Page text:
“Education is a natural process carried out by the child and is not acquired by listening to words but by experiences in the environment.”

-Maria Montessori

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Dr. Maria Montessori was an Italian physician who formulated her educational method over 100 years ago. She began observing children as they really are, not as adults wish them to be.  She discovered that by nurturing a child’s “absorbent mind”, which she often compared to a sponge, the child is motivated from within and able to acquire information and learn in a delightful, natural approach, using all five senses to investigate his fascinating surroundings. According to Dr. Montessori, the goal of early education should be to cultivate a child’s natural desire to learn.

In addition, Dr. Montessori realized, “The hands are the instruments of man’s intelligence.”  By developing hands-on concrete skills, the child is able to develop considerable powers of concentration and self-discipline by repeatedly manipulating the specially designed materials. Furthermore, the materials are self-correcting, which leads to a child’s independence and builds their confidence. This equates to a happy child who will be adequately prepared to lead a fulfilled and productive life.  

The Montessori Classroom

The Montessori classroom is a child-sized world.  The environment is intentionally constructed to allow the child a place to explore life on a level she can understand. The materials and exercises are designed to stimulate independent exploration. Through this process, the child’s natural curiosity is satisfied and she begins to experience the joy of discovering the world about her, by herself. The children are introduced sequentially to each of the five areas of the Montessori classroom:

PRACTICAL LIFE teaches the children daily life skills such as taking care of themselves & their environment, control of movement, grace, courtesy and manners. The materials are used to help develop order, coordination, concentration and independence.

SENSORIAL develops problem-solving skills using the child’s five senses. These activities are self-correcting and encourage independence.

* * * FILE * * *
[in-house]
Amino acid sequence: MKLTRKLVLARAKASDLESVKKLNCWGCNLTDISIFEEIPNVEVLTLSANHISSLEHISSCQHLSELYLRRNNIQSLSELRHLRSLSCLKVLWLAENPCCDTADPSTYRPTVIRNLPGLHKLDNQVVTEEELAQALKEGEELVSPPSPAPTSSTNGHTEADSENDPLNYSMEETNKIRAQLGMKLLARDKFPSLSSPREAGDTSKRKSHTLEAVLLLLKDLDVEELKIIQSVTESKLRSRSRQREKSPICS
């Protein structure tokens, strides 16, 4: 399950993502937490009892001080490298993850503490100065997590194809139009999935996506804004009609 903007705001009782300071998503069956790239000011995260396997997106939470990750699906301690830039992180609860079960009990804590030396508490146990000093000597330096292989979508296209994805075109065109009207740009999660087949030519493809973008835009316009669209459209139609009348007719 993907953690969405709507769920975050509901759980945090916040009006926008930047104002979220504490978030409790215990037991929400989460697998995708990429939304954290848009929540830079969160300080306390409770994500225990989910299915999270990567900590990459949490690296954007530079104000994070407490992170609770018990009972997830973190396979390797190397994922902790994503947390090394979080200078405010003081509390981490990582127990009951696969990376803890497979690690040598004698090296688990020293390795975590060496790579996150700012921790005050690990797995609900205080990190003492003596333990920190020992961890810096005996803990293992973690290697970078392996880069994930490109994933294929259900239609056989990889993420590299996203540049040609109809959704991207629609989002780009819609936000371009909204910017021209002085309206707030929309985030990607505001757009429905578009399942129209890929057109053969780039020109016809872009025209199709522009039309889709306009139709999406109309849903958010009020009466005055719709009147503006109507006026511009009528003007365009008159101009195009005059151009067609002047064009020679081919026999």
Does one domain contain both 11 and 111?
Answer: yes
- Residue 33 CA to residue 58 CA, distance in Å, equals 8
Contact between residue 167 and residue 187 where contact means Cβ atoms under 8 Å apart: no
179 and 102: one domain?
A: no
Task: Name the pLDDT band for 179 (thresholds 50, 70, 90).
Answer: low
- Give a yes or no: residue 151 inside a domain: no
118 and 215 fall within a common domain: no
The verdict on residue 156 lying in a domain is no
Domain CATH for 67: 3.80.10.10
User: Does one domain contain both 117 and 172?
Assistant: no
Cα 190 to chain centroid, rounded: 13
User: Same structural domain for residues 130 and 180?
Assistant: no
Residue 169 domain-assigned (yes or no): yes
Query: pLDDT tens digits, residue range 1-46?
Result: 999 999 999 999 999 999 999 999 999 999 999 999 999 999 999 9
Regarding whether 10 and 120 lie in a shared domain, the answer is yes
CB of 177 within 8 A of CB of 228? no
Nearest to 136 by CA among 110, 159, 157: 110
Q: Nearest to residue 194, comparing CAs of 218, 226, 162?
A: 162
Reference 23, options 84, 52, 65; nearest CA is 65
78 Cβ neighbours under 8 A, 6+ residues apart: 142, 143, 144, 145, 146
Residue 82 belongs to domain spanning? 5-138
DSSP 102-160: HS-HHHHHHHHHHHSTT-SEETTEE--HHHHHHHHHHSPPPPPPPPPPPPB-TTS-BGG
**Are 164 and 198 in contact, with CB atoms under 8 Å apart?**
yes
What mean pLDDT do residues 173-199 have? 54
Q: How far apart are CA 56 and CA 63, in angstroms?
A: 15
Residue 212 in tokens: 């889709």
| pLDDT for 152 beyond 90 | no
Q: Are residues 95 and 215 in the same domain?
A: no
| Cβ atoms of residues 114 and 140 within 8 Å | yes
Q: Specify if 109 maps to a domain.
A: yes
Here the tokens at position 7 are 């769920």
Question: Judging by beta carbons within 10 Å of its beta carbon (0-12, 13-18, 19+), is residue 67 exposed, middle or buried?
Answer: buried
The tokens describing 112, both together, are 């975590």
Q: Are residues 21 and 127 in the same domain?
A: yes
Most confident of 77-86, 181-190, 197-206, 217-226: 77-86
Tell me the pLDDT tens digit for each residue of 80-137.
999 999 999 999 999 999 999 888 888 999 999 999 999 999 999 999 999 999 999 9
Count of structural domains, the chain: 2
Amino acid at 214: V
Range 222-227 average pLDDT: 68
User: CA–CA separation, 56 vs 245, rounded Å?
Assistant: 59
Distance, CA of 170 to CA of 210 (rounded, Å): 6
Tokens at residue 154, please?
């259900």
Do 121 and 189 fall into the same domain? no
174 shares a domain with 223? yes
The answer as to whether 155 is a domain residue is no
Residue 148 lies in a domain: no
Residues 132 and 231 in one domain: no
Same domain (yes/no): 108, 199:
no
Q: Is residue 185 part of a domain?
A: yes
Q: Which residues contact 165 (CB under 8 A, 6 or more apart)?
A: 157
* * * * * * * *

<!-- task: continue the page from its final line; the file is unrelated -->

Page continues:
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LANGUAGE is phonetically introduced and taught in small groupings of sounds, which progresses at the child’s own pace. This process takes time because it is truly concrete, but our goal is to create a life-long love of reading.

MATH is a journey from concrete to abstract, simple to complex. We want to awaken each child’s “mathematical mind”. The children manipulate the didactic materials in order to eventually understand abstractions. Our goal is to build a solid foundation of understanding in math.

CULTURAL subjects include Geography, Science, Botany, History, Art Appreciation and Music.  Each area introduces the child to the world through puzzles, word games and beautiful cards.  These activities encourage the child to be more observant of the world around him.  

A Quick Overview of the Benefits of Montessori:

Montessori education offers our children opportunities to develop their potential as they step out into the world as engaged, competent, responsible, and respectful citizens with an understanding and appreciation that learning is for life.

•     Each child is valued as a unique individual. Montessori education recognizes that children learn in different ways, and accommodates all learning styles. Students are also free to learn at their own pace, each advancing through the curriculum as he is ready, guided by the teacher and an individualized learning plan.

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•     Beginning at an early age, Montessori students develop order, coordination, concentration, and independence. Classroom design, materials, and daily routines support the individual’s emerging “self- regulation” (ability to educate one’s self, and to think about what one is learning), toddlers through adolescents.

•     Students are part of a close, caring community. The multi-age classroom—typically spanning 3 years—re- creates a family structure. Older students enjoy stature as mentors and role models; younger children feel supported and gain confidence about the challenges ahead. Teachers model respect, loving kindness, and a belief in peaceful conflict resolution.

•     Montessori students enjoy freedom within limits. Working within parameters set by their teachers, students are active participants in deciding what their focus of learning will be. Montessorians understand that internal satisfaction drives the child’s curiosity and interest and results in joyous learning that is sustainable over a lifetime.

•     Students are supported in becoming active seekers of knowledge. Teachers provide environments where students have the freedom and the tools to pursue answers to their own questions.

•     Self-correction and self-assessment are an integral part of the Montessori classroom approach. As they mature, students learn to look critically at their work, and become adept at recognizing, correcting, and learning from their errors.

Given the freedom and support to question, to probe deeply, and to make connections, Montessori students become confident, enthusiastic, self-directed learners. They are able to think critically, work collaboratively, and act boldly—a skill set for the 21st century.